It is reasonable to expect that any difference in the radio properties of a sample of galaxies should be reflected in the radio luminosity function, either as a change in the shape or in the power cutoff, so it is instructive to see how the RLF for elliptical and S0 galaxies selected in different environments compares to the RLF derived for field galaxies. We note that galaxies with radio emission owe the radio activity primarily to an AGN-type mechanism, i.e. accretion from a central black hole, therefore when we compare the RLF for field and cluster ellipticals and S0s we test if the cluster environment affects the probability of such galaxy types developing a radio source of nuclear origin, i.e. a radio AGN.
This was first investigated by Fanti (1984), who obtained a RLF for ellipticals and SOs in rich Abell clusters with distance class D < 3 (z < 0.1), using 1.4 GHz interferometric data available in the literature. The most striking result is that the RLF for ellipticals and S0s in rich clusters and in the field does not differ. Even for cluster galaxies the only relevant parameter seems to be the optical magnitude, i.e. brighter galaxies have a higher probability of developing a radio galaxy within a given power range. The radial distribution of radio galaxies in rich clusters reveals a segregation effect, i.e. powerful radio sources are centrally peaked (more than 50% of radio galaxies with logPiAGHz ^ 24.5 are located within from the cluster centre), and the distribution flattens at lower powers. This could, at least in part, reflect the well known segregation in the optical, and could be interpreted as due to the fact that brighter galaxies, which have a higher probability of producing a powerful radio galaxy, tend to be more concentrated towards the cluster centre. As expected on the basis of these results, the RLF is also independent of the richness class of the clusters.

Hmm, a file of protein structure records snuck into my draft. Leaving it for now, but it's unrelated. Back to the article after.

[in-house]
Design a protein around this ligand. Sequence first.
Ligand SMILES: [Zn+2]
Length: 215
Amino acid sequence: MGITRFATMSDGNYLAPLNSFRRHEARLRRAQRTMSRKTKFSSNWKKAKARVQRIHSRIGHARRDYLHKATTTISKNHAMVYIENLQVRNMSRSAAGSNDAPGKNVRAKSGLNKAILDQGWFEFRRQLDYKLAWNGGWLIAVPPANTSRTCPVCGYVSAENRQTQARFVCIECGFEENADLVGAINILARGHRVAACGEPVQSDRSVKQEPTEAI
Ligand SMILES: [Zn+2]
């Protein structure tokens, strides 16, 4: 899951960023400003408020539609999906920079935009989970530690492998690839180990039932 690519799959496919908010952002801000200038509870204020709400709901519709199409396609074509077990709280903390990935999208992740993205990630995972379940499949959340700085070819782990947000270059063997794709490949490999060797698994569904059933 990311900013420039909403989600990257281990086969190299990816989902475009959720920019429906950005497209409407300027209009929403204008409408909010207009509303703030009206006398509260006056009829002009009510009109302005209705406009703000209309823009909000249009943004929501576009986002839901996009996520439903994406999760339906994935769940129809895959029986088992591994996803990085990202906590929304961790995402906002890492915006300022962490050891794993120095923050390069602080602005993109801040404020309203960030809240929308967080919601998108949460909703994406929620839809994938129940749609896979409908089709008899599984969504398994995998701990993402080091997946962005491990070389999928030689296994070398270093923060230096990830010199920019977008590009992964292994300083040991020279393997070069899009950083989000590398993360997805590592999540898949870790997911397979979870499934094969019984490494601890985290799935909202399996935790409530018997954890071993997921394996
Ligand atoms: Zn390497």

Those early results were more recently confirmed and reinforced by Ledlow & Owen (1996) on the basis of a much larger sample of cluster galaxies selected from the VLA 1.4 GHz survey of Abell clusters (Zhao et al. 1989; Owen et al. 1992, 1993) and coupled with R-band CCD photometry (Ledlow & Owen 1995). A total of 188 galaxies in Abell clusters were used to derive the local RLF, i.e. redshift z < 0.09 and radio power in the range logP (W Hz-1) from 22.4 to 25.6. Comparison between their RLF and the Auriemma et al. (1977) RLF shows no difference, either in shape or normalisation. Furthermore, no dependence is apparent on richness class, Bautz-Morgan or Rood-Sastry cluster class.
Thanks to the large number of galaxies and to the homogeneous optical information available for the whole sample, Ledlow & Owen (1996) carried out an accurate study of the bivariate RLF and confirmed that it depends only on the optical magnitude (Fig. 6.12). From their study it is confirmed that the RLF break P* depends on the optical luminosity L, following the law L2. This reflects a relevant result for elliptical galaxies, i.e. the power division between FRI and FRII radio galaxies is a function of the magnitude of the host galaxy (Owen & Ledlow 1994).
The universality of the local RLF for early type galaxies can be generalised also to merging clusters. Apparently, the enhanced probability of galaxy interaction in merging clusters has no effect on the probability of galaxies to develop a radio active AGN in their centres. The central cluster complexes in the Shapley Concentration, the largest concentration of merging clusters in the local Universe (Bardelli et al. 1998, 2000; Schindler 1996), were observed at radio wavelengths, and the results show that even this exceptionally unrelaxed environment seems not to increase the probability for elliptical galaxies to develop a radio source. In two out of the three merging complexes studied thus far, the RLF is consistent with the other environments, and for the remaining one it is lower (Venturi et al. 2001).
It is interesting to note that no evolution of the RLF has been found out to redshift z ~ 0.8 for logP1.4Giiz (W Hz-1) ~ 24 (Stocke et al. 1999). A deep radio survey of X-ray selected clusters with z < 0.8 shows that the global properties of radio galaxies in distant clusters, i.e. morphology, power range, core dominance, linear size and RLF, do not differ from those of rich nearby clusters.
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